Collision Damage Waivers For Car Rental Companies 101
With a global pandemic, and the desire to travel the country this summer, more people may be eager to rent a car or RV and get exploring. Many rental companies choose to run collision waiver programs to supplement rental income.
These agreements are not insurance in the typical sense. As the insurance holder for the car itself, you have the right to pass liability for damage on to the renter. A collision damage waiver is an agreement that you are the one waiving the right to charge the renter for damages beyond the deductible amount in the policy.
When owning a rental vehicle business, a bulletproof collision damage waiver (CDW), also known as a loss damage waiver (LDW), is more critical than ever.
Learn the ins and outs of utilizing a CDW rental waiver without running into trouble and learn how to ensure the program is profitable for you.
What is a Car Rental Collision Damage Waiver?
A collision damage waiver is a policy that renters can apply to provide coverage against car damage or theft.
In some countries, it is a requirement to rent a car – but not in the U.S. If the renter does not sign the agreement, they are on the hook for any repairs and loss of income faced by your company while the car is being fixed or replaced.
It is important to note that these policies are only meant to cover damage to the vehicle itself, not liability-related expenses. So it will not cover:
- Damage to other cars caused by the driver of your vehicle
- Personal injury or death oh the driver of your rental, or others involved in an accident with your vehicle
- Damage caused by risky behavior such as offroading, speeding, or driving under the influence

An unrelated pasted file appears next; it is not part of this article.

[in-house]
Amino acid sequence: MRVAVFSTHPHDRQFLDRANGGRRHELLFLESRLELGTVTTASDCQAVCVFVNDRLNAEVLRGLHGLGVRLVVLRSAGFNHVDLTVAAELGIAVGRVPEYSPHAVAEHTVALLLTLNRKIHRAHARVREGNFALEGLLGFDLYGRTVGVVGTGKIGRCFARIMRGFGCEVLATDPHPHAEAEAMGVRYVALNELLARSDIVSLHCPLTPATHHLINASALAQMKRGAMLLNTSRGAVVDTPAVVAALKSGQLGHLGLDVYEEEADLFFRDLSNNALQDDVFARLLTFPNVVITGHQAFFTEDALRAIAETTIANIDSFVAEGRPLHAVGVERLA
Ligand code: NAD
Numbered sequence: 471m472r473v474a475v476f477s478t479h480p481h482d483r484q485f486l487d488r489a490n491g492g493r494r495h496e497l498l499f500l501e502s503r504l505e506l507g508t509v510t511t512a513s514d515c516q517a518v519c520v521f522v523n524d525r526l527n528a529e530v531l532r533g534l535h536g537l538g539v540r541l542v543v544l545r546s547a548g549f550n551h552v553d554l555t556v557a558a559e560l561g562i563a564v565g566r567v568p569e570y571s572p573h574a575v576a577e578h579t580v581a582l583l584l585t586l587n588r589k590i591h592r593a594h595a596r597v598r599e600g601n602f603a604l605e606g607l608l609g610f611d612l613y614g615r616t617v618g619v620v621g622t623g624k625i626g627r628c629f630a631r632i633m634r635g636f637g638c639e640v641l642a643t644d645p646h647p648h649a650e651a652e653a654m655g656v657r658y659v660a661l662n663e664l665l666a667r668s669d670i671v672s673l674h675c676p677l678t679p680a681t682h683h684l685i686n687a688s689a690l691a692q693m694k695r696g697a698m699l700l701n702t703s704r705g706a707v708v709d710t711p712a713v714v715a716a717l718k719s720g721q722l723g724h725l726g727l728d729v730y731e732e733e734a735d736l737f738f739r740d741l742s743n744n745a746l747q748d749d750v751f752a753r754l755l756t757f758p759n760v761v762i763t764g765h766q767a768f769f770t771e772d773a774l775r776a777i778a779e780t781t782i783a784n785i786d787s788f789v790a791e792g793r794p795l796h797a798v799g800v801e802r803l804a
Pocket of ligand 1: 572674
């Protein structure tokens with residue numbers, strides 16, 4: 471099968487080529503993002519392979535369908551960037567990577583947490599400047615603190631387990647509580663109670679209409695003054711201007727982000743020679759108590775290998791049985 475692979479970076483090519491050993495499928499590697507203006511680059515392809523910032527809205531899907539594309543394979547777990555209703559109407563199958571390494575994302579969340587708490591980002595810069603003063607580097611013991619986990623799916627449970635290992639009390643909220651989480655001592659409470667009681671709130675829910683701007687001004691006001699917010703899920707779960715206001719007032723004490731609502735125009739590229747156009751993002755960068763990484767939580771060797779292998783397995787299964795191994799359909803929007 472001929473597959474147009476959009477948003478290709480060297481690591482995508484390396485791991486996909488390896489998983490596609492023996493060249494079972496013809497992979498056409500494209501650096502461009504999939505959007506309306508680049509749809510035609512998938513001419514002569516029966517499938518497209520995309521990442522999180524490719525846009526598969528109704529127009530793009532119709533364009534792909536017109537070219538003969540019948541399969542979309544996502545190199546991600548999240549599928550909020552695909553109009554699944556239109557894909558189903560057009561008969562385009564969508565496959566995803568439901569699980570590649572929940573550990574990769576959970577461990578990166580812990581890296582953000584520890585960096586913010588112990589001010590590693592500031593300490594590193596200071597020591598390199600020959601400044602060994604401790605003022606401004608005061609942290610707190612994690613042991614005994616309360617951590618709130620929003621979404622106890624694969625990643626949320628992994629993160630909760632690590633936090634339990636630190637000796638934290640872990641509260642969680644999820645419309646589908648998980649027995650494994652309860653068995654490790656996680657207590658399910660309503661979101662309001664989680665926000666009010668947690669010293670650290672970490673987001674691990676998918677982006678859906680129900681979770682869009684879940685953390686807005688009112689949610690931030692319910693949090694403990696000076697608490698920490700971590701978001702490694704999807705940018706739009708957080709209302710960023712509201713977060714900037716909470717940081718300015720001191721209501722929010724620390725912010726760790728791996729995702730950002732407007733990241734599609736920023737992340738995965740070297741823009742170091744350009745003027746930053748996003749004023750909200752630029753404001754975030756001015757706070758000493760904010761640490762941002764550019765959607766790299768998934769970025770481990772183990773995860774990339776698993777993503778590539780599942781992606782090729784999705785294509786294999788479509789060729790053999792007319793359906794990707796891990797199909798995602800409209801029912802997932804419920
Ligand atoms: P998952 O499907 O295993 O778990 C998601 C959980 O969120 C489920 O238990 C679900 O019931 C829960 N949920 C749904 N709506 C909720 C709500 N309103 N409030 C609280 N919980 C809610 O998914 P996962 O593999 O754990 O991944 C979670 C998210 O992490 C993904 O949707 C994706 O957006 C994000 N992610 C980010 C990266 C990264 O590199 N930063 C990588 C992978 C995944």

- Some policies don’t cover damage to the windshield, tires, or mirrors
Since many of the types of damage incurred by rental car drivers are minor, you, as the rental company, often don’t have to pay much out of pocket compared to the amount you intake on these agreements.
That being said, the cost of such policies can be expensive to many people who’d instead take their chances. This is particularly true for companies that rent RVs as the daily insurance cost needs to be high for the program to stay profitable.
Some rental companies also provide options for renters to purchase a partial loss damage waiver (PDW), the difference being that losses are only covered up to a predetermined limit. The renter is required to cover all costs above the amount waived by the PDW agreement.
In countries with robust consumer protection policies, such as in the US, you can run into trouble if you try to force consumers to sign a damage waiver or bury it within the larger rental agreement.
Hertz in Hot Water Over Damage Waivers
Hertz, a large car rental company, chose to settle a class-action lawsuit related to damage waivers in 2013 and had to shell out $3 million in damages.
The class-action lawsuit claimed that Hertz had been automatically applying a rental car damage waiver fee to all car rentals unless customers specifically asked them not to.
By the time the class-action lawsuit was settled, 746,959 plaintiffs had joined the suit!
The damage waiver fee was 14%, which is pretty significant to the average consumer, particularly if they already have rental collision insurance (more on this below). And rather than provide an opt-in option that was fairly obvious, there was only an opt-out provision, and it was buried in the fine print.
The takeaway here is that whenever you provide an auto rental collision damage waiver, it must be presented as an option rather than automatically applied. All the terms and conditions, costs, and deductibles must be clearly outlined.
That being said, you can also make clear the levels of the cost they may be required to pay should the car be damaged without insurance. They’re more likely to pay the extra fee.
Can a renter be insured against damage through other policies?